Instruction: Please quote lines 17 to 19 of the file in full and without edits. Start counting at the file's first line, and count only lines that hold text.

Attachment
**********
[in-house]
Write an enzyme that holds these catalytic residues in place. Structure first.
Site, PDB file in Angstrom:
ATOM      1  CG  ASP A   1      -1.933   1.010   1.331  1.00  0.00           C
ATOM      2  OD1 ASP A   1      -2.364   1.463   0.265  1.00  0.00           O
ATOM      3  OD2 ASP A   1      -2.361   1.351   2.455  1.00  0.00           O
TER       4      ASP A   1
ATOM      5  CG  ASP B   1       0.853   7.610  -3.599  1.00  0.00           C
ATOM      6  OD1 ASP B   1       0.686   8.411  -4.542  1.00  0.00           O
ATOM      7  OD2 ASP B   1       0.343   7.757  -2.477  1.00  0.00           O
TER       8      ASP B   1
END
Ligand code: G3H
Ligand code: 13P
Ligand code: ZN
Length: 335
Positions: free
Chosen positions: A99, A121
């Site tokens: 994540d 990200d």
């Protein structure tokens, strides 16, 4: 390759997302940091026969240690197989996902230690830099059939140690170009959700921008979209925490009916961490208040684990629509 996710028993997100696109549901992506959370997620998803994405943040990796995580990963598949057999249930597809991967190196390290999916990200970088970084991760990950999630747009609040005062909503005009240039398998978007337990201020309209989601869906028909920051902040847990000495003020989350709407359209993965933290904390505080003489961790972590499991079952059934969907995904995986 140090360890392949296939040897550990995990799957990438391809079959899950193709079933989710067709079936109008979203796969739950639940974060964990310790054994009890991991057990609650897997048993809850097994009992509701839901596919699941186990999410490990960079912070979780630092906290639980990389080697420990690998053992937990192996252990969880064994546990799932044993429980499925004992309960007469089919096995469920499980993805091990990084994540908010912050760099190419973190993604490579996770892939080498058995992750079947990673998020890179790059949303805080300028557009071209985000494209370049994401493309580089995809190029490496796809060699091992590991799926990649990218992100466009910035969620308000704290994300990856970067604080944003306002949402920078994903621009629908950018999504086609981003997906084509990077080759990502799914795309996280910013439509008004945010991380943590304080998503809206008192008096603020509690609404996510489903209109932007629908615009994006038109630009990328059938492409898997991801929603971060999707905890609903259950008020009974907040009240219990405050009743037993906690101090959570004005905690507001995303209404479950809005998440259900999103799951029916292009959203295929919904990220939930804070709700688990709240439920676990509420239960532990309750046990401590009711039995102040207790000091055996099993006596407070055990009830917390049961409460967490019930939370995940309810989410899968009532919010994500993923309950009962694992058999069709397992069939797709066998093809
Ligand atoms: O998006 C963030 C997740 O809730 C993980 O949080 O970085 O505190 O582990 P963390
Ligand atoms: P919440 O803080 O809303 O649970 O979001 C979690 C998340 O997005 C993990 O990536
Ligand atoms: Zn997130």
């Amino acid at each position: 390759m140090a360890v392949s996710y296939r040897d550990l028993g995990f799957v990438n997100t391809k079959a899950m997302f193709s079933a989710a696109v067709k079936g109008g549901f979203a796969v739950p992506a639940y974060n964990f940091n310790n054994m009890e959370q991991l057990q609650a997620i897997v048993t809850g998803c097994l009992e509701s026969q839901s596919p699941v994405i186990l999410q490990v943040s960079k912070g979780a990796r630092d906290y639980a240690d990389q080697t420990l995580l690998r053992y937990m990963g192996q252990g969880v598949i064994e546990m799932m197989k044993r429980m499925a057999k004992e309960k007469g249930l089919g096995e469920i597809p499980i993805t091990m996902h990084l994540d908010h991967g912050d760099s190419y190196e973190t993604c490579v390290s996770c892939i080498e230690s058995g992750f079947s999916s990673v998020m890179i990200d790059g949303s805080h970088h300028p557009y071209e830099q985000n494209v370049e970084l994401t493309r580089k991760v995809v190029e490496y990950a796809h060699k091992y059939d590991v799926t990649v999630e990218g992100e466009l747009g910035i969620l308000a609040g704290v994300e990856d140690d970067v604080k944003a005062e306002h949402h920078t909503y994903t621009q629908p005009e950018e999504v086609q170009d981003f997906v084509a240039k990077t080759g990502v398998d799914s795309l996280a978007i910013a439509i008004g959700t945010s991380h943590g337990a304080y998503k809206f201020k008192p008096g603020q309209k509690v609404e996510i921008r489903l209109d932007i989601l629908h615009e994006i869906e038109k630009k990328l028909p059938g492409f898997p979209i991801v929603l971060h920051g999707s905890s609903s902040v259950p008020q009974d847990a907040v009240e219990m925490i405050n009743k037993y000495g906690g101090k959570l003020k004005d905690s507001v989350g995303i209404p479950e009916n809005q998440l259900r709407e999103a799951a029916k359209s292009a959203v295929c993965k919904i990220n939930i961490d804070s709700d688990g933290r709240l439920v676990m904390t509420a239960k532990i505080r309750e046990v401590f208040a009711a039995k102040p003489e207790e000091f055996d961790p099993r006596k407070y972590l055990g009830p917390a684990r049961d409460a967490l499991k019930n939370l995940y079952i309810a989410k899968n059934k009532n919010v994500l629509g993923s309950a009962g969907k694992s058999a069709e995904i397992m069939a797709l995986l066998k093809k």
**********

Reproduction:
Positions: free
Chosen positions: A99, A121
């Site tokens: 994540d 990200d």